You could braze a 'Tee' onto your water inlet (inside the H.E.) and braze 2-45 deg elbows on the open parts at such an angle so as to make the incoming water swirl


I think coolant flow is already quite turbulent inside the tube. The inner walls of the tube cause friction which alters flow. Otherwise, a better way to create more turbulence is to bend the end of the fins a bit as to create rotational motion in the coolant flow.

Question: would it be wise to switch over to a small MOP type TXV instead of a captube? Or is 4kg/hour refrigerant flow not enough for even the smallest TXV? Will it cause valve hunting?

zolar1
07-05-2002, 04:21 PM
If I made a different but similar heat exchanger for you, would you be willing to try it? If so, let me know.

DaBit
07-05-2002, 04:40 PM
If I think it will perform better than the coaxial design I presented here, sure!

zolar1
07-05-2002, 05:03 PM
It will take me a little time to (pardon the pun) 'Engineer' one for you.

Once I get it done, I'll post here again so you can email me your mailing address.

zolar1
08-05-2002, 05:27 AM
I think I can improve on your design a little.

I need to know what size tubing you need to adapt to.

You mentioned 1/4" for the refrigerant, but what about the water inlet and outlet?

How cold do you want the water to be?
Does the physical size matter or does it have to be small?

The larger the size of the container holding the water mix, the greater the load can be placed on the whole system (intermittently)

You mentioned the PVC piping expanded at a different rate than the copper. I think you can still use the PVC, just use a bigger diameter and longer length. A baffle would be in order between the water inlet and outlet, much like a steam generator.

Still thinking about the design changes needed, but need more info please.
Can you use 1/4" inlet and 5/16" or 3/8" outlet for the refrigerant?

DaBit
08-05-2002, 09:22 AM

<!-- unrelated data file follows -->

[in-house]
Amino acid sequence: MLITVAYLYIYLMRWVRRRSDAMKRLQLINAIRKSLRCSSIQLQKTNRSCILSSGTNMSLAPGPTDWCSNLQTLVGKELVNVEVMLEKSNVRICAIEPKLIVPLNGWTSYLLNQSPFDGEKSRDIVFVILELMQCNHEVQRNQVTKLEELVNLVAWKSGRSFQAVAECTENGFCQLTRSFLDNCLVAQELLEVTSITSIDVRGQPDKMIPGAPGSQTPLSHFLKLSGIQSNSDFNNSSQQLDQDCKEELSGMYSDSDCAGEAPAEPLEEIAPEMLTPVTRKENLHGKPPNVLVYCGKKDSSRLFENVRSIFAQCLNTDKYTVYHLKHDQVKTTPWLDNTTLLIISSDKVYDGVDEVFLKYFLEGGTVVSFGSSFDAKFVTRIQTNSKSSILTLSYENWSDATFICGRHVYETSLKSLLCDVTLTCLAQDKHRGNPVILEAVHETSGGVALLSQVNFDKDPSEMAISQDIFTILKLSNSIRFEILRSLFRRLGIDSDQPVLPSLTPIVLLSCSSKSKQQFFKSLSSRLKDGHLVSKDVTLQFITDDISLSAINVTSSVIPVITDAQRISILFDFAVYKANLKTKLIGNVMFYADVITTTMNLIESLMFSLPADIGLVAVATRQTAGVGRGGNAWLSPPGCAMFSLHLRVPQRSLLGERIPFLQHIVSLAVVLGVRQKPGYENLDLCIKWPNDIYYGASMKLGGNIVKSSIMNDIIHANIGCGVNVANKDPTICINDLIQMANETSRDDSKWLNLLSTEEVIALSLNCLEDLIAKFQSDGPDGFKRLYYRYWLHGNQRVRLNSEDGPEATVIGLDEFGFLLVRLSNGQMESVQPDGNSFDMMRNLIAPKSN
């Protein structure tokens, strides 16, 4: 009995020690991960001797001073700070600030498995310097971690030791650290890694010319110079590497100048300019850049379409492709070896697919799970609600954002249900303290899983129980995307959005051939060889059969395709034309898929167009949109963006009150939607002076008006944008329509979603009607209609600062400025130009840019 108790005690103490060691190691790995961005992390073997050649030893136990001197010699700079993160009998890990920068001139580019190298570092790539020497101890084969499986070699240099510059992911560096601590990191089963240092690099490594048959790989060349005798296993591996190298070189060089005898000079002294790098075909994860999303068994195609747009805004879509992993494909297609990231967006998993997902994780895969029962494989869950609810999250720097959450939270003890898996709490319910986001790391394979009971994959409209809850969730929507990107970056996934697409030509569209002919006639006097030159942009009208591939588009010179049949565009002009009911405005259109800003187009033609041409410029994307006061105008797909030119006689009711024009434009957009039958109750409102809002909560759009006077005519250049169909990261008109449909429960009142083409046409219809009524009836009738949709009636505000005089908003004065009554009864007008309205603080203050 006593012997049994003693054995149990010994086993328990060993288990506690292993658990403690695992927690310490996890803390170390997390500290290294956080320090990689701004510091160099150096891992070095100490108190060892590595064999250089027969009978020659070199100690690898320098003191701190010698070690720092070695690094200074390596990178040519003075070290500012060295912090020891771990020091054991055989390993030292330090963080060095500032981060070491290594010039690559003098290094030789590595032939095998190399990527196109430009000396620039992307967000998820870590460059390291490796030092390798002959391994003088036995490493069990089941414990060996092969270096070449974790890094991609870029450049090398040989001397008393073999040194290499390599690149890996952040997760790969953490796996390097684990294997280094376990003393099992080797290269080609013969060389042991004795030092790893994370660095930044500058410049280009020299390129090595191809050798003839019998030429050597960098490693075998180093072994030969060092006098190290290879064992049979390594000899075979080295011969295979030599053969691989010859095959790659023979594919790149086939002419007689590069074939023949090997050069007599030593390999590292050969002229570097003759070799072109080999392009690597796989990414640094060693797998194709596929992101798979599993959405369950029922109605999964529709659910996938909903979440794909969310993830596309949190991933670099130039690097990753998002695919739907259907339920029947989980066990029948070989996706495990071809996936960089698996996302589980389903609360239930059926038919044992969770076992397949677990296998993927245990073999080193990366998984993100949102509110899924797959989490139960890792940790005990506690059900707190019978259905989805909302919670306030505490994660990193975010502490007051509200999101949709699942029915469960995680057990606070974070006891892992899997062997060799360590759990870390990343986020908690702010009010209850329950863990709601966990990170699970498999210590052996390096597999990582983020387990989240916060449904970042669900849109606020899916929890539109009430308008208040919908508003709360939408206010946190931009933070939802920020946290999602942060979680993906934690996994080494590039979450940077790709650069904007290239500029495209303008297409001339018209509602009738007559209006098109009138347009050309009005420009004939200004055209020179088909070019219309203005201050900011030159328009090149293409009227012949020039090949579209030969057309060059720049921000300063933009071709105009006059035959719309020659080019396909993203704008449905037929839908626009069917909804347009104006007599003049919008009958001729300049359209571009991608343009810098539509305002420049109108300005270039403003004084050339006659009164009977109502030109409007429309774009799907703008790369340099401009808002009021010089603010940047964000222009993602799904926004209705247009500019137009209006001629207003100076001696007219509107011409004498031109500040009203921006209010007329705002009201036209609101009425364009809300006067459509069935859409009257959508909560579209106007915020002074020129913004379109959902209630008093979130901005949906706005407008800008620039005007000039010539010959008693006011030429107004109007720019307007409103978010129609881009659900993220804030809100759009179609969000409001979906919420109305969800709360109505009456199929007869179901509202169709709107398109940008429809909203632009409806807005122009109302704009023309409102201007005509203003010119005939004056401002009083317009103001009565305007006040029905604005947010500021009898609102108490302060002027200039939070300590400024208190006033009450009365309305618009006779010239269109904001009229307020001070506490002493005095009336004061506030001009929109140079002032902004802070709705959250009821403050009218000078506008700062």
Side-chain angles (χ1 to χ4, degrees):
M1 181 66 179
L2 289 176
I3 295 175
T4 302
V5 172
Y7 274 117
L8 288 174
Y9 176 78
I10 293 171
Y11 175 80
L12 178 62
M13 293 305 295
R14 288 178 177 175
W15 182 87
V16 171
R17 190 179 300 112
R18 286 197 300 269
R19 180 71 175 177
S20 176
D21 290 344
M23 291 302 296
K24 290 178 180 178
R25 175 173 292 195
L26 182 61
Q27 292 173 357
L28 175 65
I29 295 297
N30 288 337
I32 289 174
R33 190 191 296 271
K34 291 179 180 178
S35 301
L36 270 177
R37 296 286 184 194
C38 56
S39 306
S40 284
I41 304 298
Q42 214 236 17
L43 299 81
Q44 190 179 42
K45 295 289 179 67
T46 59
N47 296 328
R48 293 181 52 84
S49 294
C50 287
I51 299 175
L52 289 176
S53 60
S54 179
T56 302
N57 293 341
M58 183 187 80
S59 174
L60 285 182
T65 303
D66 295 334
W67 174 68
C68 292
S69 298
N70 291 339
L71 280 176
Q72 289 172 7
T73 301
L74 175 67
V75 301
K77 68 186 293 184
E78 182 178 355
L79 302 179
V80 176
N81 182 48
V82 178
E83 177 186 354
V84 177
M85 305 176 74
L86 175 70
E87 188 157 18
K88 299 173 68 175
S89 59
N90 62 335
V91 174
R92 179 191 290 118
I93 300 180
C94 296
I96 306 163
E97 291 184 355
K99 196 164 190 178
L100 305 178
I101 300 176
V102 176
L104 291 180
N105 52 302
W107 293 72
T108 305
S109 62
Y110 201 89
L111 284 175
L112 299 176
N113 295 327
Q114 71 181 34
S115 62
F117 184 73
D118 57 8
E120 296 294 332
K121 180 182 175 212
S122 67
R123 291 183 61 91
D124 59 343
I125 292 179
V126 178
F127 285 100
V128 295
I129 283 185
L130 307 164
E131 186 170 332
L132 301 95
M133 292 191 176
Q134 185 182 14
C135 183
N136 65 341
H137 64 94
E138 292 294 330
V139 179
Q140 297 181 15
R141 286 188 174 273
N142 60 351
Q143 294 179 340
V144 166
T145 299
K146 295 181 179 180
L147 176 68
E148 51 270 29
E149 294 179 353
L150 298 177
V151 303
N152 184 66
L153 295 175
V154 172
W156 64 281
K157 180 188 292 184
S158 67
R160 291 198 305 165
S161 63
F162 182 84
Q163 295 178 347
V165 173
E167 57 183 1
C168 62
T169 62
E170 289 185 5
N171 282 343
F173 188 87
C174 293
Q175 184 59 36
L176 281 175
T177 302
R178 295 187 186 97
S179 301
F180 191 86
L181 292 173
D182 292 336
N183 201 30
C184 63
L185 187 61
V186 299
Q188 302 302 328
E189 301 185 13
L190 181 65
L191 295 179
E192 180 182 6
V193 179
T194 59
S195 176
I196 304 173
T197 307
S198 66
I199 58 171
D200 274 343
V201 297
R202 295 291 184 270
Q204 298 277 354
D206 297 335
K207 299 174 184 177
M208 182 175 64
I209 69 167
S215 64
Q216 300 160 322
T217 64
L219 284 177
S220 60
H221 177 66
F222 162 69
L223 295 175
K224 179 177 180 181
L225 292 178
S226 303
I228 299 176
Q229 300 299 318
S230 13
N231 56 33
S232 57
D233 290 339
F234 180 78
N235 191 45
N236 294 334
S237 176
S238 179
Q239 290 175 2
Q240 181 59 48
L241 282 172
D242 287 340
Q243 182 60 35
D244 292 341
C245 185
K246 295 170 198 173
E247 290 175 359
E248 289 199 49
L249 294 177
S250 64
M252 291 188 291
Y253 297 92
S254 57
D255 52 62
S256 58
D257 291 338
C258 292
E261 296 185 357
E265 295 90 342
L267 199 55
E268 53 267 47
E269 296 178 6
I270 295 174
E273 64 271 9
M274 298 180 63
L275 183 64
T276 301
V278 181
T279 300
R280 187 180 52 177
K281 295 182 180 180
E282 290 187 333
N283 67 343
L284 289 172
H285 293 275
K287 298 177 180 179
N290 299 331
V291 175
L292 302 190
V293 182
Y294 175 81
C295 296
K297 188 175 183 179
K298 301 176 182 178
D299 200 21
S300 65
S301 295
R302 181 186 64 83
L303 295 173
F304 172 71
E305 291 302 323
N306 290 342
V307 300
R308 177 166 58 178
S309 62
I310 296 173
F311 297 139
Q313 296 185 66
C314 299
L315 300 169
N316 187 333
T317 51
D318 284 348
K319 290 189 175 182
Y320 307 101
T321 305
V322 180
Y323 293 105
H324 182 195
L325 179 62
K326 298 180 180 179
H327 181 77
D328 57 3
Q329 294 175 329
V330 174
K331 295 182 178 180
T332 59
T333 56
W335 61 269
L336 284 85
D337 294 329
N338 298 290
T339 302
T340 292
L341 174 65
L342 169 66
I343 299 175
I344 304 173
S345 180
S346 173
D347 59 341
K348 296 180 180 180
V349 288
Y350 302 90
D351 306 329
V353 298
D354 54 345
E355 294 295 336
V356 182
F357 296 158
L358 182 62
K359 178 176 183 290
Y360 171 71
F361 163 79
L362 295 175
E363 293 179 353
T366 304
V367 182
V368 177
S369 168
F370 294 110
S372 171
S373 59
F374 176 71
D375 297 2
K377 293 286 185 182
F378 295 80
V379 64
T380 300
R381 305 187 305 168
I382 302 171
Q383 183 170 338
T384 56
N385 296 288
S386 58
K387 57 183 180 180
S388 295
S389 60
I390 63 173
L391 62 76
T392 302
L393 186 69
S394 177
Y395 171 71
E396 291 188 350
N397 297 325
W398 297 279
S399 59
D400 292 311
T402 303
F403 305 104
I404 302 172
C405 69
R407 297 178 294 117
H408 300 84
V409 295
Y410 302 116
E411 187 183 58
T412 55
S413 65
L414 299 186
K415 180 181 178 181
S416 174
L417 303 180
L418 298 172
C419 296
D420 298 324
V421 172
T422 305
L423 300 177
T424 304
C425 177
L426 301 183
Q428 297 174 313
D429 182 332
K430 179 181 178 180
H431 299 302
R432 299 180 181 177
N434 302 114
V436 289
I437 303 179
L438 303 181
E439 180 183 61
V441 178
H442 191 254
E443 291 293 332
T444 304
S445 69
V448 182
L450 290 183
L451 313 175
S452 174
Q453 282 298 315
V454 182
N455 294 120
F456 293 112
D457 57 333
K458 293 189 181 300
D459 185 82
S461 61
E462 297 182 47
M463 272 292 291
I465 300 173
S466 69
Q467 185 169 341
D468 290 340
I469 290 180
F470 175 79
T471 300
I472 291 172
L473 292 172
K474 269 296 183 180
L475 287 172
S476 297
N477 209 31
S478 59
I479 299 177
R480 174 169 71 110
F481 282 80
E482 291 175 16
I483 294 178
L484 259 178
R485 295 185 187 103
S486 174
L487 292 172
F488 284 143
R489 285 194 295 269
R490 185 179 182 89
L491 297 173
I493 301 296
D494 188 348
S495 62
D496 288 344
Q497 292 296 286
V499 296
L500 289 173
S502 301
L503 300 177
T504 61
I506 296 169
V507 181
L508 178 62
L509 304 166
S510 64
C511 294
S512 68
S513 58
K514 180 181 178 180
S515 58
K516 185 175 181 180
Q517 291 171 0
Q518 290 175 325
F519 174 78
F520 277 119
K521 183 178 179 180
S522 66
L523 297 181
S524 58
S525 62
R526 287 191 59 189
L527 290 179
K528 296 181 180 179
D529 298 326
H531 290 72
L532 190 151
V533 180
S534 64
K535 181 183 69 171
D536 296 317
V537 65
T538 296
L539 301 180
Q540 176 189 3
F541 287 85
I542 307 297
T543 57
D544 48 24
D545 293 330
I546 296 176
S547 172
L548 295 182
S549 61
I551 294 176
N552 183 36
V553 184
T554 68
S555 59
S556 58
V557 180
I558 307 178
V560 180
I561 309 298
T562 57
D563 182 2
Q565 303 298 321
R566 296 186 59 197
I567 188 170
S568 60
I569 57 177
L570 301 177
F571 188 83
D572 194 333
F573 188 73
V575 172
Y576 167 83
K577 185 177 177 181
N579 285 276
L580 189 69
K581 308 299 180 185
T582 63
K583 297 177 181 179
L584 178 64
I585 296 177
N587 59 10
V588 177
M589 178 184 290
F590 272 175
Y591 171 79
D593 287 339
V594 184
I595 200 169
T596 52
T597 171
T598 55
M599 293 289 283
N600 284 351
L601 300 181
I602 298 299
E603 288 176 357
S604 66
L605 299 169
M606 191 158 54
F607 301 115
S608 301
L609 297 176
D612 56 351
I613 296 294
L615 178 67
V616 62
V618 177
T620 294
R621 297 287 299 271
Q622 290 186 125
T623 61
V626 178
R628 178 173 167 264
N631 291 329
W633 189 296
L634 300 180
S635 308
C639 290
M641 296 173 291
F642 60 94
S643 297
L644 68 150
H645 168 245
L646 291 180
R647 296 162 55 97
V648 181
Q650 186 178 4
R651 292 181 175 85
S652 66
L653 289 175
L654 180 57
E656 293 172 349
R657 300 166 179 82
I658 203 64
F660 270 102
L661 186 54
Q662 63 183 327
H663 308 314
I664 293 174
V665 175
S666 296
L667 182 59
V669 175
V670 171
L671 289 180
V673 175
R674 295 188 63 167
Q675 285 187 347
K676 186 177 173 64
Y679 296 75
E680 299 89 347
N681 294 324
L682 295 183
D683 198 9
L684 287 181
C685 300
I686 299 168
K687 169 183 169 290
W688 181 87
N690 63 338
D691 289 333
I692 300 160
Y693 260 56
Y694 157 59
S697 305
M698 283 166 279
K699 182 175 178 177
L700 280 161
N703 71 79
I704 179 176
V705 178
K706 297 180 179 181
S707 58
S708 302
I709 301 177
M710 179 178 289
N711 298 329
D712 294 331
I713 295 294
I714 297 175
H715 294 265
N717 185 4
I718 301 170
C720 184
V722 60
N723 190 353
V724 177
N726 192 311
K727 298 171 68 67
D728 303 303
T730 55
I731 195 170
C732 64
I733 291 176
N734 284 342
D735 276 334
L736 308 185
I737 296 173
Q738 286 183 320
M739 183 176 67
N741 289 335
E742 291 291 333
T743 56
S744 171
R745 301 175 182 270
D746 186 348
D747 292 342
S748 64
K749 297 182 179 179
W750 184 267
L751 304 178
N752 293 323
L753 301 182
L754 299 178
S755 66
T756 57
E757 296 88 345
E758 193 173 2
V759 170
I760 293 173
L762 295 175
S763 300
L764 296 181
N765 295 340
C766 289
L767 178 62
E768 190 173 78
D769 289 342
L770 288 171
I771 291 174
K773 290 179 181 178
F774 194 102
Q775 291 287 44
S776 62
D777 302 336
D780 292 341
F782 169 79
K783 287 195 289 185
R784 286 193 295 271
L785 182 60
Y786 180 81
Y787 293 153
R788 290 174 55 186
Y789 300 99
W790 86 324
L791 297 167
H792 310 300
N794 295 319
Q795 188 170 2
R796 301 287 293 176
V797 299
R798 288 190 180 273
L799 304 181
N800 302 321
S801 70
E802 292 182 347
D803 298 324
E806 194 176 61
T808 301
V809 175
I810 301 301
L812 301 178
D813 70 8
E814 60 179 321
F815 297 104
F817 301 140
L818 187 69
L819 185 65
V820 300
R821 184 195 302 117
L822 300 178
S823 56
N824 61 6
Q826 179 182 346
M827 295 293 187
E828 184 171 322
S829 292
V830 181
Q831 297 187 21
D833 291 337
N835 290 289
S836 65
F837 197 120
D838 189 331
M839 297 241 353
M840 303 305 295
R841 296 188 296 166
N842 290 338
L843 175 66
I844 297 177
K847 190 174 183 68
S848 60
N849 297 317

Originally posted by zolar1
[B]I think I can improve on your design a little.

I need to know what size tubing you need to adapt to.
You mentioned 1/4" for the refrigerant, but what about the water inlet and outlet?


Well, if possible I want to switch to an expansion valve which has a 1/4" liquid connection. The 1/2" connection coming out of the valve is not useable as is anyway since 1/2" evaporator pipes are too thick to ensure enough refrigerant flow. 3/8" is a more suitable thickness for the evaporator piping.



How cold do you want the water to be?
Does the physical size matter or does it have to be small?


My goal is a liquid temperature of -20 &deg;C (-4F), and the compressor is able to handle that.

Physical size does matter. The enclosure for the entire cooling system will measure 65x40x35 centimeters.



The larger the size of the container holding the water mix, the greater the load can be placed on the whole system (intermittently)


This is _not_ the case. The load varies depending on how busy the thing is, but it does not really feature a 'duty cycle'

Therefore, I want the amount of coolant in the heatex to be quite small, so the temperature drops rapidly.



You mentioned the PVC piping expanded at a different rate than the copper. I think you can still use the PVC, just use a bigger diameter and longer length. A baffle would be in order between the water inlet and outlet, much like a steam generator.


I want to get rid of the PVC anyway. It is too hard to seal and PVC is not very good in handling low temps.



Still thinking about the design changes needed, but need more info please.
Can you use 1/4" inl%t and 5/16" or 3/8" outlet for the refrigerant?

The compressor has a 3/8" suction line connection. And let's keep the liquid line 1/4".

zolar1
08-05-2002, 12:39 PM
OK..as I see it, you have for the refrigerant lines:

1/4" inlet to the H.E.
3/8" outlet from the H.E.

What about the inlet and outlet sizes for the water lines?

DaBit
08-05-2002, 12:44 PM
Nope, 3/8" inlet to the HE, adapted from 1/2" expansion valve output. The expansion valve wants a 1/4" liquid line as input.

Water connections are 12-15mm O.D. copper pipes.

Gary
08-05-2002, 11:47 PM
In the interests of improving communication, what you are calling a heat exchanger is what we would call an evaporator. In our trade, when we talk about heat exchangers, we are generally referring to suction/liquid line heat exchangers.

Your new evaporator design looks fine to me, but keep in mind that system design is outside my area of expertise. On the other hand, once it is up and running, I can tell you if you did it right, and what needs to be done to make it work. I don't calculate and predict, I measure and analyze.

I would go with the TEV, and the dual heat exchangers we discussed in the other thread. It should work very well. The low starting torque of your compressor may be a problem, but hard start kits are easy to install.